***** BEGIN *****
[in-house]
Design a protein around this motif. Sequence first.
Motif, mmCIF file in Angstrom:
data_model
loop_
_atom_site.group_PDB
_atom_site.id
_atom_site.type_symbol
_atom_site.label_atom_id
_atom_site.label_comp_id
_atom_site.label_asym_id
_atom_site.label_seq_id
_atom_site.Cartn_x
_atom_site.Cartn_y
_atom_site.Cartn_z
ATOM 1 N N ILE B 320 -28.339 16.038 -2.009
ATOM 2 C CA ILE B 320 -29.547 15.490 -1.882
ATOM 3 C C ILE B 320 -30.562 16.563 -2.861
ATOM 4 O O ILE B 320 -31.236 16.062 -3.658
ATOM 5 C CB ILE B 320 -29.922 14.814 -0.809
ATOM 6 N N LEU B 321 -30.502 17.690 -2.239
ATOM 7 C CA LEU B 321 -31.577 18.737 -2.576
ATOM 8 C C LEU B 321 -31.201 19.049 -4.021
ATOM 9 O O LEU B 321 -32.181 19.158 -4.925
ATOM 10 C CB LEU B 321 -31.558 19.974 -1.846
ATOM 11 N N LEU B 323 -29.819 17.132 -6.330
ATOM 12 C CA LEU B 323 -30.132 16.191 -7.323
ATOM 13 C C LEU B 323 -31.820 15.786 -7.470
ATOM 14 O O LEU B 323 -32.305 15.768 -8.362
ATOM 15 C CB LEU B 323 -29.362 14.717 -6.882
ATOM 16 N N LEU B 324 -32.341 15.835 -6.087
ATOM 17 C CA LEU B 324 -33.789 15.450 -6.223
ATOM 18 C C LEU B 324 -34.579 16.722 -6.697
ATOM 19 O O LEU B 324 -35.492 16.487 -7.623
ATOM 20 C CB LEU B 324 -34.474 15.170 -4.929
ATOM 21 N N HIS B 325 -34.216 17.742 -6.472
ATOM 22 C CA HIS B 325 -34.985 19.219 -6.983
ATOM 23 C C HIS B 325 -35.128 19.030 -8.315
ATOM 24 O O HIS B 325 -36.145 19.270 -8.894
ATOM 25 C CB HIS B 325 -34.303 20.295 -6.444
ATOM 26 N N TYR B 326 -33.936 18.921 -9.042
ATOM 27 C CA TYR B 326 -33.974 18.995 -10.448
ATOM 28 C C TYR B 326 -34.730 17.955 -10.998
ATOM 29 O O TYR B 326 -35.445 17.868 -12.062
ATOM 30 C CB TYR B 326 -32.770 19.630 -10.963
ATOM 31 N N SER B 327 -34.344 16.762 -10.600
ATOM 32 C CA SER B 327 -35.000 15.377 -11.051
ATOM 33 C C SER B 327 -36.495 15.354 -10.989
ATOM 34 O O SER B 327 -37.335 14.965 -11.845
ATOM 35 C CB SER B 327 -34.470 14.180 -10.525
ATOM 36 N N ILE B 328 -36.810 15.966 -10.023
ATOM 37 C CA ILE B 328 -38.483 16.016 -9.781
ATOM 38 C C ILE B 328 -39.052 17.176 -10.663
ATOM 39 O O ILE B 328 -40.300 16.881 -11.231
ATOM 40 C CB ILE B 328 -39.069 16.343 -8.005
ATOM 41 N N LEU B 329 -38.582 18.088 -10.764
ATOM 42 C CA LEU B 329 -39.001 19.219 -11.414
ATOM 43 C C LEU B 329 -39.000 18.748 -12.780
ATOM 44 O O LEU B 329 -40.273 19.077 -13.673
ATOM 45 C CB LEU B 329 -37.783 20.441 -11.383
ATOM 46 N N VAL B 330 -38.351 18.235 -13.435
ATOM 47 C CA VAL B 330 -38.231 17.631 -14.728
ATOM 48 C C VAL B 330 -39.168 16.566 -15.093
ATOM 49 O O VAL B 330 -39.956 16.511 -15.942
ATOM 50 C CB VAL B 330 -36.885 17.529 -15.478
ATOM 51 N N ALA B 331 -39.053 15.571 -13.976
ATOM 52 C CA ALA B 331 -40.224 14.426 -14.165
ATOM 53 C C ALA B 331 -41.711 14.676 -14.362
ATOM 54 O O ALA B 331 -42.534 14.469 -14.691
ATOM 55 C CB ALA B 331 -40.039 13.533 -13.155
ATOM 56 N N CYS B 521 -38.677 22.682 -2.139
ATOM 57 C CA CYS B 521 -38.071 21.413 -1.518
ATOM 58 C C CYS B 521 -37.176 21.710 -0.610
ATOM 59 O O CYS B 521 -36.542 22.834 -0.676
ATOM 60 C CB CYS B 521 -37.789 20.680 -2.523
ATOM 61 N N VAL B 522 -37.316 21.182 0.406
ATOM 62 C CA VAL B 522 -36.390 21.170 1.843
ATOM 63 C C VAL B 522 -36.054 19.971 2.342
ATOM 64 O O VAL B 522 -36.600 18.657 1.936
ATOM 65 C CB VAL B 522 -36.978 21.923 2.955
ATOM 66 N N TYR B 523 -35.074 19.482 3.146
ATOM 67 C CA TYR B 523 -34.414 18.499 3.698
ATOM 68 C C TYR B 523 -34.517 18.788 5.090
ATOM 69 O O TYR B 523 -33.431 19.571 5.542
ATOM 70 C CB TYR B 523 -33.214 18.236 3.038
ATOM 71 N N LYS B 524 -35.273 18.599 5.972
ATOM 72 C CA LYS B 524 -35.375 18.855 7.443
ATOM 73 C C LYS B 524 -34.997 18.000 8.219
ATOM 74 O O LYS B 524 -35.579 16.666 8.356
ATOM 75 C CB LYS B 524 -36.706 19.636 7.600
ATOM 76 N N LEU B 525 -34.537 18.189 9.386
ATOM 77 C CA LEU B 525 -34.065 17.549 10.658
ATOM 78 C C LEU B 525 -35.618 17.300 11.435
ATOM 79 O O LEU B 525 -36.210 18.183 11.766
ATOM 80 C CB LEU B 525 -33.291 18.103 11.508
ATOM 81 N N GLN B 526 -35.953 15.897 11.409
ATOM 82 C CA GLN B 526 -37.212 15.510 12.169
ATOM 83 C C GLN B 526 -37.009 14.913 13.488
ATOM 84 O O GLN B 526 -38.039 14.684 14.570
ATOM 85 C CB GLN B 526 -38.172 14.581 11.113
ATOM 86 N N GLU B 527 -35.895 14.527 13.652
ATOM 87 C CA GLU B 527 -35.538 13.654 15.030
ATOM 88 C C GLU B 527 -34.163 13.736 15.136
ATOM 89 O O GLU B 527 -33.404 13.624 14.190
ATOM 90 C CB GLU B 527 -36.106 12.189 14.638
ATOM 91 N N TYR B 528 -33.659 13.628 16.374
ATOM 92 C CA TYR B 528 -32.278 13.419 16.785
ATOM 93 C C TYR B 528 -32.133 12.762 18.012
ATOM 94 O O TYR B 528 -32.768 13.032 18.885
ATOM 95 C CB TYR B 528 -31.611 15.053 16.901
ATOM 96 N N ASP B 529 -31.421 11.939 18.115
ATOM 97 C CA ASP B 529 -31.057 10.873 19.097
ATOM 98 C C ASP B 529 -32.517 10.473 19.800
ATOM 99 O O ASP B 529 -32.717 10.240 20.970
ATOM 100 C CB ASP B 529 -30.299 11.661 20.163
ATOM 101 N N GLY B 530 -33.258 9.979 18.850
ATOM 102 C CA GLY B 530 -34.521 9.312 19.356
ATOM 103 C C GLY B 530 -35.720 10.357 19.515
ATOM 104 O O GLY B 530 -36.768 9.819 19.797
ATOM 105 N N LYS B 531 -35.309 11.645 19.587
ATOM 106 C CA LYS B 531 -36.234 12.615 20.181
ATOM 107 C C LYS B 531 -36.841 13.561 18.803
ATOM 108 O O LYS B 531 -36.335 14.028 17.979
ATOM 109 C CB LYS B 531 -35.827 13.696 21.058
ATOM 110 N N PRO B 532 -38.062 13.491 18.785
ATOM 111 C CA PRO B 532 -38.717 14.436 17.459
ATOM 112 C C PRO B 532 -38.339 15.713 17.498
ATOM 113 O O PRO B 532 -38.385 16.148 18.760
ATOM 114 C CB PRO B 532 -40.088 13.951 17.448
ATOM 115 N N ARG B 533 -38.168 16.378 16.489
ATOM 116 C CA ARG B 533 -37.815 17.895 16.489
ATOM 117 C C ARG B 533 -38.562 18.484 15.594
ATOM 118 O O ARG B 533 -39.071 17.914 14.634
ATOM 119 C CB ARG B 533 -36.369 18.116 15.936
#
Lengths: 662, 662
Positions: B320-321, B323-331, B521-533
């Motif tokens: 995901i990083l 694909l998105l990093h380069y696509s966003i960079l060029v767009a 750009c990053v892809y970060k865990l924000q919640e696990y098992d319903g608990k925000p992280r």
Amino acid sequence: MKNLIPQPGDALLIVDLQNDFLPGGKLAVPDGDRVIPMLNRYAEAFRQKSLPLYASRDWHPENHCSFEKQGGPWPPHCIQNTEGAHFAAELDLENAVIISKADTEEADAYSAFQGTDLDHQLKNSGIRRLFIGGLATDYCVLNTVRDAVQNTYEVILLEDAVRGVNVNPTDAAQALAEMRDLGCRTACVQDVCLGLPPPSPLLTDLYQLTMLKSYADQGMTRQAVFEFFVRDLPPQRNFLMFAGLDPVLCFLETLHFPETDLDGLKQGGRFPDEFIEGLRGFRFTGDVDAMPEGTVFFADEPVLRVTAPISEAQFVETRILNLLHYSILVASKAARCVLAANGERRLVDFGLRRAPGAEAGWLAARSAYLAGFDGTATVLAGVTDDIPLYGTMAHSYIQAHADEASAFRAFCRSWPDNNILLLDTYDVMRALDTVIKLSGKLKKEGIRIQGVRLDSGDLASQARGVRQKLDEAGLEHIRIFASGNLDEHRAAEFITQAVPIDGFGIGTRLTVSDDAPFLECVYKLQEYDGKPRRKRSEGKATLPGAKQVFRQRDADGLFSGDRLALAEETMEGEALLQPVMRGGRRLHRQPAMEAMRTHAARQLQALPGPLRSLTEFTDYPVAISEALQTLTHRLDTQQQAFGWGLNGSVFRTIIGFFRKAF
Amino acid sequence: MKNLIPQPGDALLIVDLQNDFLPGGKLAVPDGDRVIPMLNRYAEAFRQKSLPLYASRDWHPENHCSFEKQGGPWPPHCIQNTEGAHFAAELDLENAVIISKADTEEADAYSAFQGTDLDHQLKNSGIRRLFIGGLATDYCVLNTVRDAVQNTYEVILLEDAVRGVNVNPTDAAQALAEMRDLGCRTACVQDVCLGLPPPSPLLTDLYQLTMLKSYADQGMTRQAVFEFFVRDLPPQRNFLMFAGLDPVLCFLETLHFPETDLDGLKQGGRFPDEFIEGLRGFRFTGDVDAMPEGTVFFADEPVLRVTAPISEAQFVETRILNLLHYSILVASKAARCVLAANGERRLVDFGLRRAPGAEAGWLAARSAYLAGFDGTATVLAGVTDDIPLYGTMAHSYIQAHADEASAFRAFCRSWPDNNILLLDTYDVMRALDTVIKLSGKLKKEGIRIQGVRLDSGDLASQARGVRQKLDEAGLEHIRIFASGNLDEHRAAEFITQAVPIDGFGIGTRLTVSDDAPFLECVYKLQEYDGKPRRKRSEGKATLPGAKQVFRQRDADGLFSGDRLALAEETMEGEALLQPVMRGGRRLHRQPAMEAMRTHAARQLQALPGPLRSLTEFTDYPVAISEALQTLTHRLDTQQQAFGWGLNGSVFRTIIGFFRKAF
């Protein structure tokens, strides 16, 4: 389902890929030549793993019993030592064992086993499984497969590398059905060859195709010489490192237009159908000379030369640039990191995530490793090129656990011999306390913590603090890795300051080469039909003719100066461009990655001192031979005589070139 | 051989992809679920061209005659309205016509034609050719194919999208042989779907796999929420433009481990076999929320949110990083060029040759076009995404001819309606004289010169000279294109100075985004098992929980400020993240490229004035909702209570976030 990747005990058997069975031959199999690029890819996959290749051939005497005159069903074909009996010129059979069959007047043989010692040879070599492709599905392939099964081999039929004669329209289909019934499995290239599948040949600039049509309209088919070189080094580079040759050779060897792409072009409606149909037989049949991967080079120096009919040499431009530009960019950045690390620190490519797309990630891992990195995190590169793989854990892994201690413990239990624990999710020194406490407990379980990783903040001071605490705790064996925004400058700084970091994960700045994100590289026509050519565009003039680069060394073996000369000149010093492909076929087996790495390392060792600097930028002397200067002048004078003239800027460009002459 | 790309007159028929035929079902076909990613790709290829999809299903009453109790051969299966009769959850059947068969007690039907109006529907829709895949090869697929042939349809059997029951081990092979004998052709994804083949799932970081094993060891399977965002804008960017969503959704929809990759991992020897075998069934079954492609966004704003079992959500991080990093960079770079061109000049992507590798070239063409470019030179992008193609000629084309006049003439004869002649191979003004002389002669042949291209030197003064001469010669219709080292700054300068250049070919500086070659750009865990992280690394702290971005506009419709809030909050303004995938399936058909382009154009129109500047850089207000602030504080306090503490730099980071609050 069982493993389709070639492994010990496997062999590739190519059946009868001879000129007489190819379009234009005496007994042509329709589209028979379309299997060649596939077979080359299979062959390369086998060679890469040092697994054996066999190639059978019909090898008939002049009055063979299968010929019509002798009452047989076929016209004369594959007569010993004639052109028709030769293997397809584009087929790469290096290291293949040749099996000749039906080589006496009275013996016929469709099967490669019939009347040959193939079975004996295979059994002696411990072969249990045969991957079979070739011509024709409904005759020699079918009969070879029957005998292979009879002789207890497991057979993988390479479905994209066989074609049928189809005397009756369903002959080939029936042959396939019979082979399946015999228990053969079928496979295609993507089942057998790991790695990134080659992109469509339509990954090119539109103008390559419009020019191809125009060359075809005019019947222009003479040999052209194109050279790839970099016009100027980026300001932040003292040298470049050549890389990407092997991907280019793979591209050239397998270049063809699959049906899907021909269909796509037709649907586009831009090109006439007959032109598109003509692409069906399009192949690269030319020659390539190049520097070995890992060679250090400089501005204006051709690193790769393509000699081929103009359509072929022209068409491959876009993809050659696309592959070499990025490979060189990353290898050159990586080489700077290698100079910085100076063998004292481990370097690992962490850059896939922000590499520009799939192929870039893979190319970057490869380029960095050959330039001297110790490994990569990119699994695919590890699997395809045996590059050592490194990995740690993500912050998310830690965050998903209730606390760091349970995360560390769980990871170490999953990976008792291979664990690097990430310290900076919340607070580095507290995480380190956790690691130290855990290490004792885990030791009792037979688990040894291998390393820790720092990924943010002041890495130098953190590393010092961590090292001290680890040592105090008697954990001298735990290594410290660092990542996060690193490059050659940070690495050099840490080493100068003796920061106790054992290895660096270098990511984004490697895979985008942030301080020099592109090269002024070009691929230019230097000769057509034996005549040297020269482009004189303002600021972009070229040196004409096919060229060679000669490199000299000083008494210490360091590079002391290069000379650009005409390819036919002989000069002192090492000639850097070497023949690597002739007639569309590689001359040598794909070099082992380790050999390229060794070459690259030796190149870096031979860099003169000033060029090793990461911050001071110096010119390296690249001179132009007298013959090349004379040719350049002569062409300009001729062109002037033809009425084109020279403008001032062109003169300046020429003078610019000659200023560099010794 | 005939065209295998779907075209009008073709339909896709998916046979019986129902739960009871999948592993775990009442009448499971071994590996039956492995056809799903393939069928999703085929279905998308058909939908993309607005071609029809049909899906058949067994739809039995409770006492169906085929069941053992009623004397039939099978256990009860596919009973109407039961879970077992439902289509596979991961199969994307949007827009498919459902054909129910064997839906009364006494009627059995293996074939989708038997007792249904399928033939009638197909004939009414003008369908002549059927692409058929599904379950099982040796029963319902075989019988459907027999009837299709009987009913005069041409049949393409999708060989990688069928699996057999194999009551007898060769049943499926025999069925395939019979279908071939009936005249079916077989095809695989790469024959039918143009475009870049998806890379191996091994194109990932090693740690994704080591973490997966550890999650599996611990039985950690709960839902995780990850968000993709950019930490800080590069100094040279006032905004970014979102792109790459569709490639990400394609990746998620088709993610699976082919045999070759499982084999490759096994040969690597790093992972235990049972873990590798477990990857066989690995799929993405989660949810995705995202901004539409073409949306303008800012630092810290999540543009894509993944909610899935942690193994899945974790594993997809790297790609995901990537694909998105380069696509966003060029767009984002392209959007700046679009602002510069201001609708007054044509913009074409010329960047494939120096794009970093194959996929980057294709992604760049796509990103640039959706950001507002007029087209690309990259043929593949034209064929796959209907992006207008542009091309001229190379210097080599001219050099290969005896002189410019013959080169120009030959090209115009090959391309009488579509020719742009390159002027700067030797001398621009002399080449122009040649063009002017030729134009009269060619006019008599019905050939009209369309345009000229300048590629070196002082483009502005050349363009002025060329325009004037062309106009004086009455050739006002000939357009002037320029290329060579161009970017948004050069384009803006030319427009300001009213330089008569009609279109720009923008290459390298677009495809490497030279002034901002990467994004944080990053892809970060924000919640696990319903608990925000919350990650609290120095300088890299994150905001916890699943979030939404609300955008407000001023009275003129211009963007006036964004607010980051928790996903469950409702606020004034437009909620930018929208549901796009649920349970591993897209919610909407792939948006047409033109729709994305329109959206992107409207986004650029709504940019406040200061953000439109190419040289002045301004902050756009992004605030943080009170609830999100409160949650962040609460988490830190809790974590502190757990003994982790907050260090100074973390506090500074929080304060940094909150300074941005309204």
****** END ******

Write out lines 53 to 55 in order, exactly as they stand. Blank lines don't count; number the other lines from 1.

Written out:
ATOM 38 C C ILE B 328 -39.052 17.176 -10.663
ATOM 39 O O ILE B 328 -40.300 16.881 -11.231
ATOM 40 C CB ILE B 328 -39.069 16.343 -8.005